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Our Favourite Skills Children Learn While Cooking

From stirring and cracking to grating and whisking, teaching your little ones to cook doesn't have to be difficult. We get some expert advice on being creative with the kids in the kitchen

 

Cooking with your children is a great way to spend time together as a family, and teach them skills that will serve them well for years to come. There is momentum building in the UK around teaching children to cook. Not only is there a Junior Bake Off, but it's also back on the National Curriculum and has been included in the new School Food Plan.

A study by the Children's Food Trust found that children who learn how to cook before the age of eight are 50 per cent more likely to have a healthy diet later in life. And there's a long way to go when you learn that almost a third of children think cheese comes from plants!

Cooking is a fundamental life skill influencing good health - and the best part is, it's fun and creative.

Building foundation skills

We teamed up with the folks at Little Dish to see what skills children can learn in the kitchen, and when you can encourage them to get more involved. They've developed a skills chart for parents and children, starting with the basics and building your child into a little chef.

Here's a few of the things you can expect in each stage:

  • Getting started - stirring, sprinkling and brushing
  • Handy helper - drizzling, cracking and grating
  • Little chef - weighing, whisking and tossing

Print out your own skills chart, and see how far your little ones can get!

Little Dish is committed to raising happy healthy chefs, so they've developed a cookbook filled with delicious recipes that all include roles for children. To get you started they've shared one of their favourites - Peanut Butter Squares - where the little ones will love bashing the biscuits!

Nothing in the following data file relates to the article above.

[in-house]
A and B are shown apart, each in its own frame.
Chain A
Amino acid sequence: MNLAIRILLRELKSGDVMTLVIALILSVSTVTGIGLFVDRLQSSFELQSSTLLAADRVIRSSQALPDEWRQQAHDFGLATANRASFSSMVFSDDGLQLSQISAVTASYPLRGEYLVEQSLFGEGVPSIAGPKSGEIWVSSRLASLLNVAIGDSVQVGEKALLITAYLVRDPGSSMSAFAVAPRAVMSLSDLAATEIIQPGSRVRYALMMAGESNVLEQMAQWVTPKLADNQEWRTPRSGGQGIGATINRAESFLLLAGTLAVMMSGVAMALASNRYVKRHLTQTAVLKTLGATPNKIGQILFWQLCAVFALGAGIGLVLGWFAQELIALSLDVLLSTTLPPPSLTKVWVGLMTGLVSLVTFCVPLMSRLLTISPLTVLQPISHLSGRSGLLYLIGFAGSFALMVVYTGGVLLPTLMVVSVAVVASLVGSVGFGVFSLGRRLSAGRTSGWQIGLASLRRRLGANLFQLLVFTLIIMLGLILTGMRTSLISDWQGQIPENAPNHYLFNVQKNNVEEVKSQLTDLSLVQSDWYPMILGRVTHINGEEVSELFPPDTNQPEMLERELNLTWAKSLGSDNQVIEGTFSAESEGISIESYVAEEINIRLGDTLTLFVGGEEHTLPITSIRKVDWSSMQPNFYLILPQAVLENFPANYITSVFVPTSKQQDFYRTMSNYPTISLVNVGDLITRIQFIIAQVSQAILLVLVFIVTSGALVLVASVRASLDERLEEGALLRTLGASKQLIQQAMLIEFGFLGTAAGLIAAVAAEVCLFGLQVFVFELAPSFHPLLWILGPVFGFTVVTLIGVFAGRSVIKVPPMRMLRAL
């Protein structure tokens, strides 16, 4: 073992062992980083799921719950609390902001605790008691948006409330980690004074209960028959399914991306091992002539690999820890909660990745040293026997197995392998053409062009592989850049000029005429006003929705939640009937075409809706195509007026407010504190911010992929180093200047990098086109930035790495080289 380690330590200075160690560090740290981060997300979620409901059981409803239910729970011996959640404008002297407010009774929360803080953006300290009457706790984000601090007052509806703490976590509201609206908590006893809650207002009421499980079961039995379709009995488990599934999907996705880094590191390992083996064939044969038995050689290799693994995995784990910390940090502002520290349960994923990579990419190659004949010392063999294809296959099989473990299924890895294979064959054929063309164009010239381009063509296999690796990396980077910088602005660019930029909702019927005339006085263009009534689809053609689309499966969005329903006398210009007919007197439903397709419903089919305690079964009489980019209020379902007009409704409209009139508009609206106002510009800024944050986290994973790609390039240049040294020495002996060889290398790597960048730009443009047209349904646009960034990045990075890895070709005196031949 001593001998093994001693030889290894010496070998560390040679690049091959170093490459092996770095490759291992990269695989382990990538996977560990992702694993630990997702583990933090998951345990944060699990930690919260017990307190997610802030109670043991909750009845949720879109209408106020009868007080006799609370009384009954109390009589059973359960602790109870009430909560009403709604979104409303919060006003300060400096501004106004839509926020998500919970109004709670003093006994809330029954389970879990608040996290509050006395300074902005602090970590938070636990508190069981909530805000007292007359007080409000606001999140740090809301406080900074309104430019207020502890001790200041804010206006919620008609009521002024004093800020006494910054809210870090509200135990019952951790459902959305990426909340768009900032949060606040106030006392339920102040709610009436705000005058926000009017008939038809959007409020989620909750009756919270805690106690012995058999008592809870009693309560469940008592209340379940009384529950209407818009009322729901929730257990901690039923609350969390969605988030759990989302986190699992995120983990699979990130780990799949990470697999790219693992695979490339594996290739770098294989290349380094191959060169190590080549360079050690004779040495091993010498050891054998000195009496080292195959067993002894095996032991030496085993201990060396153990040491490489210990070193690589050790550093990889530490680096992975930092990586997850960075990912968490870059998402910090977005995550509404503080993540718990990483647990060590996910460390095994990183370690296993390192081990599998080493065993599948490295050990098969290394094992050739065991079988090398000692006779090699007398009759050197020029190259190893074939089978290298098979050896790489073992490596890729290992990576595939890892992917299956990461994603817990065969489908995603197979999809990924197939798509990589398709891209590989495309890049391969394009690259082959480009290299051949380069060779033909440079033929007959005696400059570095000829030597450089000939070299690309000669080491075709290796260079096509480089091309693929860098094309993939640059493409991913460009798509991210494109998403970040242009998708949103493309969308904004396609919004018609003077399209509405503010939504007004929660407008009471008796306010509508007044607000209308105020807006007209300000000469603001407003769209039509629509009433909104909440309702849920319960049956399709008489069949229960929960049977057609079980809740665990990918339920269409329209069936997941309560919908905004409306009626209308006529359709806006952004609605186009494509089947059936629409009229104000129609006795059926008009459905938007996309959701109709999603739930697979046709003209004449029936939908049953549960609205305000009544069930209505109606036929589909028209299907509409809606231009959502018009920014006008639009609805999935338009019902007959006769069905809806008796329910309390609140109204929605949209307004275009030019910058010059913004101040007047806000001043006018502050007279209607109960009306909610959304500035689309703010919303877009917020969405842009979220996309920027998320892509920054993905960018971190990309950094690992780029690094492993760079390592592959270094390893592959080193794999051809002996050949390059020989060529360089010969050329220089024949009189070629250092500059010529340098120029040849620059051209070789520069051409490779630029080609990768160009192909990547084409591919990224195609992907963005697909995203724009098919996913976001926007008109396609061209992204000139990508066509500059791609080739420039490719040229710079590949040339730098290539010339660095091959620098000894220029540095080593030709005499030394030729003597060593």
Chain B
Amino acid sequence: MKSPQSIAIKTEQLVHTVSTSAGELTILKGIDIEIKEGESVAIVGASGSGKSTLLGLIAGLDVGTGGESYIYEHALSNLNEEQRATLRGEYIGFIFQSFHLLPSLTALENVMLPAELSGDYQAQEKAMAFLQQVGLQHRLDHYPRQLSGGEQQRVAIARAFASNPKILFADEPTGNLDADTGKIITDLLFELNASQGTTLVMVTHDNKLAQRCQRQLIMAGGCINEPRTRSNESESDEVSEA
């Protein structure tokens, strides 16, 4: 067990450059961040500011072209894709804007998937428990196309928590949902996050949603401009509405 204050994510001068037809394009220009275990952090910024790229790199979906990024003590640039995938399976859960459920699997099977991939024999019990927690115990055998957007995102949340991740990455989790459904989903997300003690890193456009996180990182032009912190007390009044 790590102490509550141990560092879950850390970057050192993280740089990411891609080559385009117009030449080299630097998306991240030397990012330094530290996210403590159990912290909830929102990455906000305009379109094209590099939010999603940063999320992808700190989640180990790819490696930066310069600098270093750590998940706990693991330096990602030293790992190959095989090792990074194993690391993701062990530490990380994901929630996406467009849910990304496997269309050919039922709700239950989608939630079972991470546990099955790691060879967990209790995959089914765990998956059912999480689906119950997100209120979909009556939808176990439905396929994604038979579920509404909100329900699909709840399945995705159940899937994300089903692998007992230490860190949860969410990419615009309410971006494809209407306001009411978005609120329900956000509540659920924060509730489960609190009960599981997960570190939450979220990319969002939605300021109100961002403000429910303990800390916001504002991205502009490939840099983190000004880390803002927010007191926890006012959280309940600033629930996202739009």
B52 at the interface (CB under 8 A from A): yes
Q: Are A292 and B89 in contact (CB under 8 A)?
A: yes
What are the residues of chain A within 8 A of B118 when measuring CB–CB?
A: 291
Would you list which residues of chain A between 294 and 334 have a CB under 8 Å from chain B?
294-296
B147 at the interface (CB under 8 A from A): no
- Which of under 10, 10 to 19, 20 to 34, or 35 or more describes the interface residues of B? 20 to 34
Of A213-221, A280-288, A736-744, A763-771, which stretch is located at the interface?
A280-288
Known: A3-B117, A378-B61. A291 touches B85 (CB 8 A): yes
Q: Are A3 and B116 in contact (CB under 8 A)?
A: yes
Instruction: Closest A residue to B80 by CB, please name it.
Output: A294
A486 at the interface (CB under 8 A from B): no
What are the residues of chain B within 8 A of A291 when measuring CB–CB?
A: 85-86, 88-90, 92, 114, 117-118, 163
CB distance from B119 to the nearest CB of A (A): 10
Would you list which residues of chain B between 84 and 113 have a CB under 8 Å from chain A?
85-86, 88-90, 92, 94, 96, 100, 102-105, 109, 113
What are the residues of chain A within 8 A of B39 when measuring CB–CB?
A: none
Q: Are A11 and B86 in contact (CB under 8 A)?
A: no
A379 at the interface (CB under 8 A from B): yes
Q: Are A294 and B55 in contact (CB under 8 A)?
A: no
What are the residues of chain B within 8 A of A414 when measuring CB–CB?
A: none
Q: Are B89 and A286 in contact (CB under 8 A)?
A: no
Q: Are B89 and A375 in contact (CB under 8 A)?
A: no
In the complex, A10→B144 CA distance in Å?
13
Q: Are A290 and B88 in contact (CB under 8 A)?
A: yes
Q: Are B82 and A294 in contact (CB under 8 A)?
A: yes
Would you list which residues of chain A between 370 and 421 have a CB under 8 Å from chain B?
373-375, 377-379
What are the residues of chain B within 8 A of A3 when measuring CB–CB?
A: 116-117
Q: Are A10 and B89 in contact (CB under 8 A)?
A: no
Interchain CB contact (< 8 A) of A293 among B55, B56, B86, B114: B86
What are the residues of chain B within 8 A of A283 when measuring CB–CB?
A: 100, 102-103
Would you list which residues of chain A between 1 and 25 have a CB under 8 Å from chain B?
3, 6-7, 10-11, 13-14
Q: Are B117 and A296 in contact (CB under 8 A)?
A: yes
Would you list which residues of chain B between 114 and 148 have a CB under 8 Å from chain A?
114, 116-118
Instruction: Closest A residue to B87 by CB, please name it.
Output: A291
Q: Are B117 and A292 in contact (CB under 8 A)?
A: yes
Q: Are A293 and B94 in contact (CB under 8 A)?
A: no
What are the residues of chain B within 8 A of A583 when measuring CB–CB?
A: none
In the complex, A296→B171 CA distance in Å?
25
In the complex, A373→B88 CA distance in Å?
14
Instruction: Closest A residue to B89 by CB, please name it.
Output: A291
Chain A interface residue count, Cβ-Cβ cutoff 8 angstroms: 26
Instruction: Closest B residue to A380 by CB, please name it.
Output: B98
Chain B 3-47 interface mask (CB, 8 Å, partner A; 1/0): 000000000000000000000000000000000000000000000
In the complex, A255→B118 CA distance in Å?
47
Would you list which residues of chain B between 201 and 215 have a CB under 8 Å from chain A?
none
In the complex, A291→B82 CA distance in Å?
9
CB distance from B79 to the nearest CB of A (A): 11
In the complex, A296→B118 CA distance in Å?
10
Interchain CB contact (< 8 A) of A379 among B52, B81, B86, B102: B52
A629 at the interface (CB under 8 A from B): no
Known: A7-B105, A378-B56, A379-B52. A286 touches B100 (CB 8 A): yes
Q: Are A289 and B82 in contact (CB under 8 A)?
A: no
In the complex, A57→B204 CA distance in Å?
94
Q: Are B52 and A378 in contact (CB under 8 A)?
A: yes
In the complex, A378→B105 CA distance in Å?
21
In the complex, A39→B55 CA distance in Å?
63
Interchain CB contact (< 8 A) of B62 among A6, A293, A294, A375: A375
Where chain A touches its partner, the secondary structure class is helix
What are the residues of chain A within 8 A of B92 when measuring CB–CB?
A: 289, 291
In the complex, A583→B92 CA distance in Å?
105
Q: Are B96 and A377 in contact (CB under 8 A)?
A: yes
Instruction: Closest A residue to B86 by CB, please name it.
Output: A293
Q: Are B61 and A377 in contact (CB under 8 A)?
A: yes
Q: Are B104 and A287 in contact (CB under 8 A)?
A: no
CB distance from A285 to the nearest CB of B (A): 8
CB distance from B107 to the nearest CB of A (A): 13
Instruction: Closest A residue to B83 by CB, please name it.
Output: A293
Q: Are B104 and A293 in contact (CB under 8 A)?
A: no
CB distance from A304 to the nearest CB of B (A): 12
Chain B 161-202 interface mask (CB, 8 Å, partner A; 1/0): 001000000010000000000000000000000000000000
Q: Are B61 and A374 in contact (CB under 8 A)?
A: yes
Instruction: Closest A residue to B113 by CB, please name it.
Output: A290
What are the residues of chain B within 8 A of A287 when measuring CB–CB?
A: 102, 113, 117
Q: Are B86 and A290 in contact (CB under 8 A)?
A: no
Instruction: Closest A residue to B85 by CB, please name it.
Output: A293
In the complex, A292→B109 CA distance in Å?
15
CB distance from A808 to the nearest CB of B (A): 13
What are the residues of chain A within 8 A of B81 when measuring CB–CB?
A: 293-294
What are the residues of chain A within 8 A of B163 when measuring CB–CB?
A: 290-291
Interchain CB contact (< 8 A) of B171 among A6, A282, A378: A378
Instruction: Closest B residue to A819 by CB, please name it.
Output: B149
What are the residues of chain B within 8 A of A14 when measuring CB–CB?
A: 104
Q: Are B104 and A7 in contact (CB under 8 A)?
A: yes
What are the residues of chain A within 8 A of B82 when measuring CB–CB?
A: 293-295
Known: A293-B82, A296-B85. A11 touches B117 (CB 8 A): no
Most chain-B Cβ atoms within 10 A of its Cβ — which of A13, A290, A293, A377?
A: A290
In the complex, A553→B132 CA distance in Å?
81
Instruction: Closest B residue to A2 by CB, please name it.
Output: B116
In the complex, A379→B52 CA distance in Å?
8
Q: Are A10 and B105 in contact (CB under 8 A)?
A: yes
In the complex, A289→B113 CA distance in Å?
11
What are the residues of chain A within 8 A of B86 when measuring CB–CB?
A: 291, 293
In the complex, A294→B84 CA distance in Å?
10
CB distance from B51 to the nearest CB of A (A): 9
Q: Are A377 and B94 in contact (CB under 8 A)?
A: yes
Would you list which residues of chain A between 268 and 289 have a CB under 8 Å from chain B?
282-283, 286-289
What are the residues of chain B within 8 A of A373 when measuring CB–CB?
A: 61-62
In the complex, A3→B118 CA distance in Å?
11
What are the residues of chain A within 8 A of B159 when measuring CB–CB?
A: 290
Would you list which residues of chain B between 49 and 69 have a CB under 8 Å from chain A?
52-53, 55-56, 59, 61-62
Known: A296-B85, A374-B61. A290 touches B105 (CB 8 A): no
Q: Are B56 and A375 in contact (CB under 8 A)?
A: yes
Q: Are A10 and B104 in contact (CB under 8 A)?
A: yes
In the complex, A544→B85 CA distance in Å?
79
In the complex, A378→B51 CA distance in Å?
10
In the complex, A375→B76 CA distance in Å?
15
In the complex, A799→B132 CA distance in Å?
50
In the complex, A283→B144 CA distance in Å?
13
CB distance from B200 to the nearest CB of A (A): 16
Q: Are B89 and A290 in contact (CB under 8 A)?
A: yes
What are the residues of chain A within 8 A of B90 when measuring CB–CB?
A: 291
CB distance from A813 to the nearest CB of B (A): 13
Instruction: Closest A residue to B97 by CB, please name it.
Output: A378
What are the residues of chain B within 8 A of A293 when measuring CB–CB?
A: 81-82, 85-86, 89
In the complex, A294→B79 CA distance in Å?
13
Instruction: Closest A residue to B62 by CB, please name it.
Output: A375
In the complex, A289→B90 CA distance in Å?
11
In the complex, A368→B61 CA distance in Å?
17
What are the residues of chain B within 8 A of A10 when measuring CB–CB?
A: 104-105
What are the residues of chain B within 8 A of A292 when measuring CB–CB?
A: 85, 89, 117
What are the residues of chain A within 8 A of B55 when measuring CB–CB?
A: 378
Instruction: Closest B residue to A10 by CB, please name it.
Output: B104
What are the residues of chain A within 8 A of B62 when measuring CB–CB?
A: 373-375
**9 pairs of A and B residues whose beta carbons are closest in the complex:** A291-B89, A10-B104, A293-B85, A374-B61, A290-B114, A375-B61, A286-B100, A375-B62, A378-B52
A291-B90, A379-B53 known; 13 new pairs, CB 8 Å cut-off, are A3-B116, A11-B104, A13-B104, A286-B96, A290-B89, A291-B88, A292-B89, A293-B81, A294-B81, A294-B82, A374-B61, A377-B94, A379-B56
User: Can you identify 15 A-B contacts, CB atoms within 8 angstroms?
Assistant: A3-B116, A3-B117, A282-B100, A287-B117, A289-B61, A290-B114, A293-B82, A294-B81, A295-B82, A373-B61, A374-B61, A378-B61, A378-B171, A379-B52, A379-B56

Peanut Butter Squares

  • Prep time - 15 mins
  • Cook time - 5 mins
  • Serves - 16
  • Difficulty - Easy

Ingredients

  • 200g dark chocolate, broken into pieces
  • 150g butter
  • 250g digestive biscuits (or substitute ginger biscuits)
  • 100g dark brown sugar
  • 300g crunchy peanut butter
  • 1 teaspoon vanilla extract

Method - Line a 20cm square cake tin with a square of parchment paper large enough to come up higher than the sides of the tin.

Place the chocolate in a heatproof bowl over a pan of simmering water, stir occasionally and once melted set aside. Melt the butter in a medium pan over a very low heat, remove from the heat and set aside.

Blitz the biscuits into fine crumbs either in a food processor, or place them in a plastic bag and bash them with a rolling pin. Stir the biscuits into the butter with the brown sugar, peanut butter and vanilla extract. Mix until everything is well combined.

Pour the mixture into the lined cake tin and then smooth it out with the back of a spoon. Pour the chocolate on top of the mixture and spread to cover evenly. Chill in the fridge overnight.

Remove from the tin, using the paper to help pull it out. Cut into 16 squares and keep in the fridge for 2-3 days.

The taste test

We tried this recipe with one of our own little chefs and they went down a treat. A note from our bakers: you can drop the brown sugar without much hassle, and with real dark chocolate, we found 100g was enough.

You'll find more delightful recipes between the pages of the Little Dish Family Cookbook.

 
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